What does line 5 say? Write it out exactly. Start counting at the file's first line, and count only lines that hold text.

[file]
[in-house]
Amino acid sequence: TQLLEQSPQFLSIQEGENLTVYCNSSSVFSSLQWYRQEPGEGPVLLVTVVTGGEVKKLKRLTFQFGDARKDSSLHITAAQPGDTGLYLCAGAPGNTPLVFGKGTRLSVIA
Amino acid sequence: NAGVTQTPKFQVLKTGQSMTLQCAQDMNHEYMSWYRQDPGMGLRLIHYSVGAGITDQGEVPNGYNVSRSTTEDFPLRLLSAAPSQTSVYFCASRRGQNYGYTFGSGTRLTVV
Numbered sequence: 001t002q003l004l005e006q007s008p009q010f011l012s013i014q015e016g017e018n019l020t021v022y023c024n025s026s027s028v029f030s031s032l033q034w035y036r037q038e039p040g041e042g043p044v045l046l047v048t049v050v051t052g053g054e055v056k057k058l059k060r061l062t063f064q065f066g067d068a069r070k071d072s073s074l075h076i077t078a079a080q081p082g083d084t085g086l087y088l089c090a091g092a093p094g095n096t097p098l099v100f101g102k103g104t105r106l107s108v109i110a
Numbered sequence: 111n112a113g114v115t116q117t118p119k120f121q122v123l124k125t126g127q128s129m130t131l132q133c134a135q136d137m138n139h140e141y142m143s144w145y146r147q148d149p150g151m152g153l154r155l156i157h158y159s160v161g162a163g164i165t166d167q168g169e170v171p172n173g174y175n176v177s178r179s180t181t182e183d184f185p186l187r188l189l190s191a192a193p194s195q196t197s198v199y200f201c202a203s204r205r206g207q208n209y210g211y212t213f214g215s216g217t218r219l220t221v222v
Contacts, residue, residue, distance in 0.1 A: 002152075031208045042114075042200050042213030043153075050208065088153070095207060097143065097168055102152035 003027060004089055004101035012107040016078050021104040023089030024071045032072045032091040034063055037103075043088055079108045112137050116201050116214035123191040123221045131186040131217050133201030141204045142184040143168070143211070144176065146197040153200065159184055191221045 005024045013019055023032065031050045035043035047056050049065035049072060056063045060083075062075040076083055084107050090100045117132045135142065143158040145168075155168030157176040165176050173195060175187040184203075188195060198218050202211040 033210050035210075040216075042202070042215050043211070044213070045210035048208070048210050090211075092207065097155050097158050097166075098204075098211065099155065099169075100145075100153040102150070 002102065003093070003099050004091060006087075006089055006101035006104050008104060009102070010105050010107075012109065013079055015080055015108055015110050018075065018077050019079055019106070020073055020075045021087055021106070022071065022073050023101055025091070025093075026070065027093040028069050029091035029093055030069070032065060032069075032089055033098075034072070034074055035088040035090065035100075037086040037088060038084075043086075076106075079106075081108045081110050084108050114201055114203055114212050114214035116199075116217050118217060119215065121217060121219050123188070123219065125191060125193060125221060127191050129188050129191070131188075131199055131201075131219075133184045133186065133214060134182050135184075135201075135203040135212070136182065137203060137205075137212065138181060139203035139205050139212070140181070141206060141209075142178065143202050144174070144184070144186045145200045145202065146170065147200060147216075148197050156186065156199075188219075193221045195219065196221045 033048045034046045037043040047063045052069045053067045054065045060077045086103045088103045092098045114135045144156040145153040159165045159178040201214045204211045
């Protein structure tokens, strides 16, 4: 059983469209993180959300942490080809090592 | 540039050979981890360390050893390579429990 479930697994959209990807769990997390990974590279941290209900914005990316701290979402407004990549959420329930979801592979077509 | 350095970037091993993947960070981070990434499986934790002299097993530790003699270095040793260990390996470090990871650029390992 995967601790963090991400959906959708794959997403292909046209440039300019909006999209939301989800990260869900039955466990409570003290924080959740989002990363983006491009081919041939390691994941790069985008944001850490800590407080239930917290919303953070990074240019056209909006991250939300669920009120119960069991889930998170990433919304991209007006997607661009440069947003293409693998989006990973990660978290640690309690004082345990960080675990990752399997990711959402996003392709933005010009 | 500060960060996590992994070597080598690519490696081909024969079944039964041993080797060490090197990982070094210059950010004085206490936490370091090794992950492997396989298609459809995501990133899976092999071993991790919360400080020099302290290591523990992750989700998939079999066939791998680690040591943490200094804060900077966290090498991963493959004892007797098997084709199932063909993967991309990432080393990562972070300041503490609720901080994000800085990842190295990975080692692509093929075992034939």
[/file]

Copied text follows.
Numbered sequence: 111n112a113g114v115t116q117t118p119k120f121q122v123l124k125t126g127q128s129m130t131l132q133c134a135q136d137m138n139h140e141y142m143s144w145y146r147q148d149p150g151m152g153l154r155l156i157h158y159s160v161g162a163g164i165t166d167q168g169e170v171p172n173g174y175n176v177s178r179s180t181t182e183d184f185p186l187r188l189l190s191a192a193p194s195q196t197s198v199y200f201c202a203s204r205r206g207q208n209y210g211y212t213f214g215s216g217t218r219l220t221v222v